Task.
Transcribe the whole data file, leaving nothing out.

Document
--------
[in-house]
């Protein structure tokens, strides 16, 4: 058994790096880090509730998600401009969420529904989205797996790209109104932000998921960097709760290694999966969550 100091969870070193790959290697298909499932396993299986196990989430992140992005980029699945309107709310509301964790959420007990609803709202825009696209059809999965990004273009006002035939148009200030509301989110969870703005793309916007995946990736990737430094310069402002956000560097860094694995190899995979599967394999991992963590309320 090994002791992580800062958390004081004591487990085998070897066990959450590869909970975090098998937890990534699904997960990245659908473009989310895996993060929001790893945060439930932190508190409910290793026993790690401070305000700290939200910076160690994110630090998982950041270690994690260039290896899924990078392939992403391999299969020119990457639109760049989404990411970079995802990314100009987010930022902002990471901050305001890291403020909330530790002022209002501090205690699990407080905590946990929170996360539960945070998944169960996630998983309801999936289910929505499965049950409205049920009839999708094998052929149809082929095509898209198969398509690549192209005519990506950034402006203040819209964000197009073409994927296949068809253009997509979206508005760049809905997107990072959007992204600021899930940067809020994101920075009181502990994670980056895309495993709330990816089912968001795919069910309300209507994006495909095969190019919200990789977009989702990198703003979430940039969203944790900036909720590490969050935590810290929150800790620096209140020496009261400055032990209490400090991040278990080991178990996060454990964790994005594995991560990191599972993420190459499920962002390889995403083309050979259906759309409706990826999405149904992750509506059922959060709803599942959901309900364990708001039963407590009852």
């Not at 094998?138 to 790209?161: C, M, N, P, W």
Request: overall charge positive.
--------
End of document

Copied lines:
[in-house]
């Protein structure tokens, strides 16, 4: 058994790096880090509730998600401009969420529904989205797996790209109104932000998921960097709760290694999966969550 100091969870070193790959290697298909499932396993299986196990989430992140992005980029699945309107709310509301964790959420007990609803709202825009696209059809999965990004273009006002035939148009200030509301989110969870703005793309916007995946990736990737430094310069402002956000560097860094694995190899995979599967394999991992963590309320 090994002791992580800062958390004081004591487990085998070897066990959450590869909970975090098998937890990534699904997960990245659908473009989310895996993060929001790893945060439930932190508190409910290793026993790690401070305000700290939200910076160690994110630090998982950041270690994690260039290896899924990078392939992403391999299969020119990457639109760049989404990411970079995802990314100009987010930022902002990471901050305001890291403020909330530790002022209002501090205690699990407080905590946990929170996360539960945070998944169960996630998983309801999936289910929505499965049950409205049920009839999708094998052929149809082929095509898209198969398509690549192209005519990506950034402006203040819209964000197009073409994927296949068809253009997509979206508005760049809905997107990072959007992204600021899930940067809020994101920075009181502990994670980056895309495993709330990816089912968001795919069910309300209507994006495909095969190019919200990789977009989702990198703003979430940039969203944790900036909720590490969050935590810290929150800790620096209140020496009261400055032990209490400090991040278990080991178990996060454990964790994005594995991560990191599972993420190459499920962002390889995403083309050979259906759309409706990826999405149904992750509506059922959060709803599942959901309900364990708001039963407590009852």
């Not at 094998?138 to 790209?161: C, M, N, P, W």
Request: overall charge positive.